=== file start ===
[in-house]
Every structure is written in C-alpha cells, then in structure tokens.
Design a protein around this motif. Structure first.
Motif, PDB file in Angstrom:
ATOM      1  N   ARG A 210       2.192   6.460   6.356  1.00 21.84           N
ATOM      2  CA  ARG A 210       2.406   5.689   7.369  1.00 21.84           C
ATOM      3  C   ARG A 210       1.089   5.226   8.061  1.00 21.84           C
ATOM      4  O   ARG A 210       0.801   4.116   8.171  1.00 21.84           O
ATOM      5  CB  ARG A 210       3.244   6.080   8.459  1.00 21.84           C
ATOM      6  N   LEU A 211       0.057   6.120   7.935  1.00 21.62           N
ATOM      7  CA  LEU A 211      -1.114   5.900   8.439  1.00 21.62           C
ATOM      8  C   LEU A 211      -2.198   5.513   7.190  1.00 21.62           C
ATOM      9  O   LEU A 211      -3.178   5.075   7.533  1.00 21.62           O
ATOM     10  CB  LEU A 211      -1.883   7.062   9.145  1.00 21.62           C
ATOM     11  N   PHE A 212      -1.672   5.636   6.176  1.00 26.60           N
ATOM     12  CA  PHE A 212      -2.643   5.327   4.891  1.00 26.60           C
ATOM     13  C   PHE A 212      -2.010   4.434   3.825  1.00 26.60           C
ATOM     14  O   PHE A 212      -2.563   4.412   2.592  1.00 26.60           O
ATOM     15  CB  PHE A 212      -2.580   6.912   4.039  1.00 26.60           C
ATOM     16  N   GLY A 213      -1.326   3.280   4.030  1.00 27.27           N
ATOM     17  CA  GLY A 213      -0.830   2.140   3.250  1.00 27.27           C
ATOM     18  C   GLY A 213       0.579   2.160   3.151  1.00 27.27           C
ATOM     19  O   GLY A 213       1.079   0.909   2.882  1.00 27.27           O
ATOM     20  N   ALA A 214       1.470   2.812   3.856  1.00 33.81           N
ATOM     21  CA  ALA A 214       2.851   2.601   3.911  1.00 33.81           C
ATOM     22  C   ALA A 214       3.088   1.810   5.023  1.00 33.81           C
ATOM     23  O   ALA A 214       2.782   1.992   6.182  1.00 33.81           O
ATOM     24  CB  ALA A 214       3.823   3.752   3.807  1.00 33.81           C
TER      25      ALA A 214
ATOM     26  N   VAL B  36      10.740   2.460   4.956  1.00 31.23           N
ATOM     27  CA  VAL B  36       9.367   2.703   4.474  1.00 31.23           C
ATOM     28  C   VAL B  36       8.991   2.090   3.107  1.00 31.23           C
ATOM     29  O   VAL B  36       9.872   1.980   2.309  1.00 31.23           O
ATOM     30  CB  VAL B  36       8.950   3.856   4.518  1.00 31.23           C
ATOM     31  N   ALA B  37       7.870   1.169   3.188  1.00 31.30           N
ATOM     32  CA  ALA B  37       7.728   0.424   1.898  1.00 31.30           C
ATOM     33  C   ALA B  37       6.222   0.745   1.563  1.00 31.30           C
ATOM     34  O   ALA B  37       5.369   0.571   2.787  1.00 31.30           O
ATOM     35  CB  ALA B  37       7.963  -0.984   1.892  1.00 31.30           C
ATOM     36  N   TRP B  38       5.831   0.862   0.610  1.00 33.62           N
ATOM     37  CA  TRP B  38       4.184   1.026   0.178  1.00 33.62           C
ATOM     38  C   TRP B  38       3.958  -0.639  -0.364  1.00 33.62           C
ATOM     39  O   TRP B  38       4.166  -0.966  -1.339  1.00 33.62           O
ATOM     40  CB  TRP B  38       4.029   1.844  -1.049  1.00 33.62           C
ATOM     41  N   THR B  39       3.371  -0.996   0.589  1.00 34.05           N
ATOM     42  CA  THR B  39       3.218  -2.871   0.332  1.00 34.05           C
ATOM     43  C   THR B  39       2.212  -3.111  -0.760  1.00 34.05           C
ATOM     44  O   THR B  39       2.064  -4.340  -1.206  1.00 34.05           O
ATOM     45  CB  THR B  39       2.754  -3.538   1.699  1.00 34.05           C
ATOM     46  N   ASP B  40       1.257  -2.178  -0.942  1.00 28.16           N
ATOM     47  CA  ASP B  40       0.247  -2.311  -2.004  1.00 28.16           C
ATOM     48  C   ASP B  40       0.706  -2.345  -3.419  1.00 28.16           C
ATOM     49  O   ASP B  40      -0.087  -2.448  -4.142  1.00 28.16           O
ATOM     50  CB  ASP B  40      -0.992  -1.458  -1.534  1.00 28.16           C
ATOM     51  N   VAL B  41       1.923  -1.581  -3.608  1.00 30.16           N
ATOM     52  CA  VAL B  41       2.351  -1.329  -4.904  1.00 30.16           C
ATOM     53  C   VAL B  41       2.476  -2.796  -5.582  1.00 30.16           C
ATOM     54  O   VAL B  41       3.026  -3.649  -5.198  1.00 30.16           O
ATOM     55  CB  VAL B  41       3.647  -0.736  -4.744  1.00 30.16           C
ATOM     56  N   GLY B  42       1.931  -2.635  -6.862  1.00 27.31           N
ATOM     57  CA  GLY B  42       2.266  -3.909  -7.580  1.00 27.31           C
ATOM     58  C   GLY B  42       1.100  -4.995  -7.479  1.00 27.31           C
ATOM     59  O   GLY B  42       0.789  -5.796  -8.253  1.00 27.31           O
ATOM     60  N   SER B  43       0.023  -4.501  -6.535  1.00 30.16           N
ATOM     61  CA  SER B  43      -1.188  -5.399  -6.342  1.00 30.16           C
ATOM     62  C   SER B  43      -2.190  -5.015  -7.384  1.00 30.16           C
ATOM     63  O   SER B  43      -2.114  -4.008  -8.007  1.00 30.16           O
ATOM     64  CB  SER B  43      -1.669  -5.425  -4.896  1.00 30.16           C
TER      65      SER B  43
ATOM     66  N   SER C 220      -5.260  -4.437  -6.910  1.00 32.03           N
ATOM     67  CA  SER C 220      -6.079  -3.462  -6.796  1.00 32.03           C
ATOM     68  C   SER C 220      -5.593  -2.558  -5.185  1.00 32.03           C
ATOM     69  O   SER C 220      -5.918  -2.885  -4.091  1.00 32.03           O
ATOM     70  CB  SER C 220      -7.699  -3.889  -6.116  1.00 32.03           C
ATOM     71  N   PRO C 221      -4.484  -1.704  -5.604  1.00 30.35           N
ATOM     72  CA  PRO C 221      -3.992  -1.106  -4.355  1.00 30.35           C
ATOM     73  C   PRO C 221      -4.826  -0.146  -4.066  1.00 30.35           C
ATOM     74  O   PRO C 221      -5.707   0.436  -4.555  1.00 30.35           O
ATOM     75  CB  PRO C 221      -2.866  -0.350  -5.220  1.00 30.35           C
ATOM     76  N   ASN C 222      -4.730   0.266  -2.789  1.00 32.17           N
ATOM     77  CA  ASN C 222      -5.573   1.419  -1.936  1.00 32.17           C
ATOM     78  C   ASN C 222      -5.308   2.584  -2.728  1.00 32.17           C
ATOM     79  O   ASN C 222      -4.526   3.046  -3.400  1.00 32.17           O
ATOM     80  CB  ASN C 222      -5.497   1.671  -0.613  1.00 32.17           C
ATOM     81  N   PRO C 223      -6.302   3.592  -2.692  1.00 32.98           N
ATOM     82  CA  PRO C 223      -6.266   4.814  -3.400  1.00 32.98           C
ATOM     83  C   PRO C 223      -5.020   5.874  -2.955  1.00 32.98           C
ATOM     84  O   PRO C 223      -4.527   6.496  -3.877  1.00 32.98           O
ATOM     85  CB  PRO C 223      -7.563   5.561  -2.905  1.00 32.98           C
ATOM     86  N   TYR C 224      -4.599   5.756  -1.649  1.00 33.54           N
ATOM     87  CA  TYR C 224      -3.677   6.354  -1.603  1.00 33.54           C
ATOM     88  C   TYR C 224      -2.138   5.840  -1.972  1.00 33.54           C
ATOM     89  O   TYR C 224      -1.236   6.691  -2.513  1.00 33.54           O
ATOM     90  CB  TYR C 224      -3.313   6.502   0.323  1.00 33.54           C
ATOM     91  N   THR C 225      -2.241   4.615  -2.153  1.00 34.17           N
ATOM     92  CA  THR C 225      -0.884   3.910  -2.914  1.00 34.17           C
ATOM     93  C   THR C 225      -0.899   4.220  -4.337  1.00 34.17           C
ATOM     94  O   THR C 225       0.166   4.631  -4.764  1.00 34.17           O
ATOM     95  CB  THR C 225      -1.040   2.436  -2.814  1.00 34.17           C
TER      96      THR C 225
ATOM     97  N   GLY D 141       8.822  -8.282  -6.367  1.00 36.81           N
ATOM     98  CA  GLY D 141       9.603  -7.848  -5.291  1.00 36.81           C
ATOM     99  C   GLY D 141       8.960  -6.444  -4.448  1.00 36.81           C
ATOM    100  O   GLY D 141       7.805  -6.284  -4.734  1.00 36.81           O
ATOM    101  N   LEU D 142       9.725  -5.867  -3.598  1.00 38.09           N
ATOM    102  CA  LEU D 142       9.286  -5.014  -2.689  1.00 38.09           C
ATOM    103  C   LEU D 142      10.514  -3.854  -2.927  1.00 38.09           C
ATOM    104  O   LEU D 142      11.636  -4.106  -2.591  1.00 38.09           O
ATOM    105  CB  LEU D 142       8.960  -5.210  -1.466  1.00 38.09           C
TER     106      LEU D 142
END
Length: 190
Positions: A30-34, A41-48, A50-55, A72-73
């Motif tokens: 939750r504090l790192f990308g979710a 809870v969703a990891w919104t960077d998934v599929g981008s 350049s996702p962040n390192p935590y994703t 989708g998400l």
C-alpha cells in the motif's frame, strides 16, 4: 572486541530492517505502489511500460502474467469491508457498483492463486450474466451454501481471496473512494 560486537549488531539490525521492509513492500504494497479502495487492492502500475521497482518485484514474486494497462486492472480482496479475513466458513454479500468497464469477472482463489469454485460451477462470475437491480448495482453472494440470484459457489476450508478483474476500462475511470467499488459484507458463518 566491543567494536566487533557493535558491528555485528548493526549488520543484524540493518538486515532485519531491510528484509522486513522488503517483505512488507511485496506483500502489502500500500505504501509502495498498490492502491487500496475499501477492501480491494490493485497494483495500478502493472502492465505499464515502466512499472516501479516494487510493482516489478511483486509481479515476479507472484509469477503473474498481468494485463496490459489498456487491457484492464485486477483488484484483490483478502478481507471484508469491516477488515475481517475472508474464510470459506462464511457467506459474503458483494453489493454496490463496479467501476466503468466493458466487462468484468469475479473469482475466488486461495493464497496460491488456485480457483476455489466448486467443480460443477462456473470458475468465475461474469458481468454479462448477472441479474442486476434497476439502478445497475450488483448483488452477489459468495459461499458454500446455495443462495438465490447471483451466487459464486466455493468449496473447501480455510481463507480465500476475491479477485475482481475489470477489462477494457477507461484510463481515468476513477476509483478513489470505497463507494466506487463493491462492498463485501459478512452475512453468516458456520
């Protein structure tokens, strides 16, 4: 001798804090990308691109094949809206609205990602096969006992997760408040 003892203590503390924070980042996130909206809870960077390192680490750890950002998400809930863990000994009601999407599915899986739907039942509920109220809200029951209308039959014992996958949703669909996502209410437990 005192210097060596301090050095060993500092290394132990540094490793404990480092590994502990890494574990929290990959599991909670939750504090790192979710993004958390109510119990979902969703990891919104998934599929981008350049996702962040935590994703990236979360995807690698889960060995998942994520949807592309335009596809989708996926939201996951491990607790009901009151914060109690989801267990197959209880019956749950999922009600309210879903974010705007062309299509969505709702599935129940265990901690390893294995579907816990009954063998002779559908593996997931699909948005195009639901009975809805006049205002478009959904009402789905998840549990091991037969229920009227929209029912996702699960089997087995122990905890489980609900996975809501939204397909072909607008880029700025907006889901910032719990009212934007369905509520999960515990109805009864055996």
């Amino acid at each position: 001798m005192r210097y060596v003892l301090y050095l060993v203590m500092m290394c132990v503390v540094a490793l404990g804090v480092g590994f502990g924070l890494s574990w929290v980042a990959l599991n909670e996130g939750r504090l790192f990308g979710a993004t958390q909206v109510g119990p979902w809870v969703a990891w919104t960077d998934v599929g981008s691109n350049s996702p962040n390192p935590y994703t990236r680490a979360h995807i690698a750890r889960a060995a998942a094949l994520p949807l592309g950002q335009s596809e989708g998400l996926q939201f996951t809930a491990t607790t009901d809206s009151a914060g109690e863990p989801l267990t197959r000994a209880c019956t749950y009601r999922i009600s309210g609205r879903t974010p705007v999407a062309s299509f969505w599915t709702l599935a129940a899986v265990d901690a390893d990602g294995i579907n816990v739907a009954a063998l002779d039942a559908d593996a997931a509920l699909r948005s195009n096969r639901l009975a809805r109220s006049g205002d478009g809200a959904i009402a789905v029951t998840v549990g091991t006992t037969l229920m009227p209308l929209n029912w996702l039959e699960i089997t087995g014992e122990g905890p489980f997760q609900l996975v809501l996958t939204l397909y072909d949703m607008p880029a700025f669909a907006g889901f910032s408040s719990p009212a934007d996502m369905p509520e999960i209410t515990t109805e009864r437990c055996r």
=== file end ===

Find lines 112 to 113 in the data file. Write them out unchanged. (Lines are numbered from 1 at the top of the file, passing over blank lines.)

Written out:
Length: 190
Positions: A30-34, A41-48, A50-55, A72-73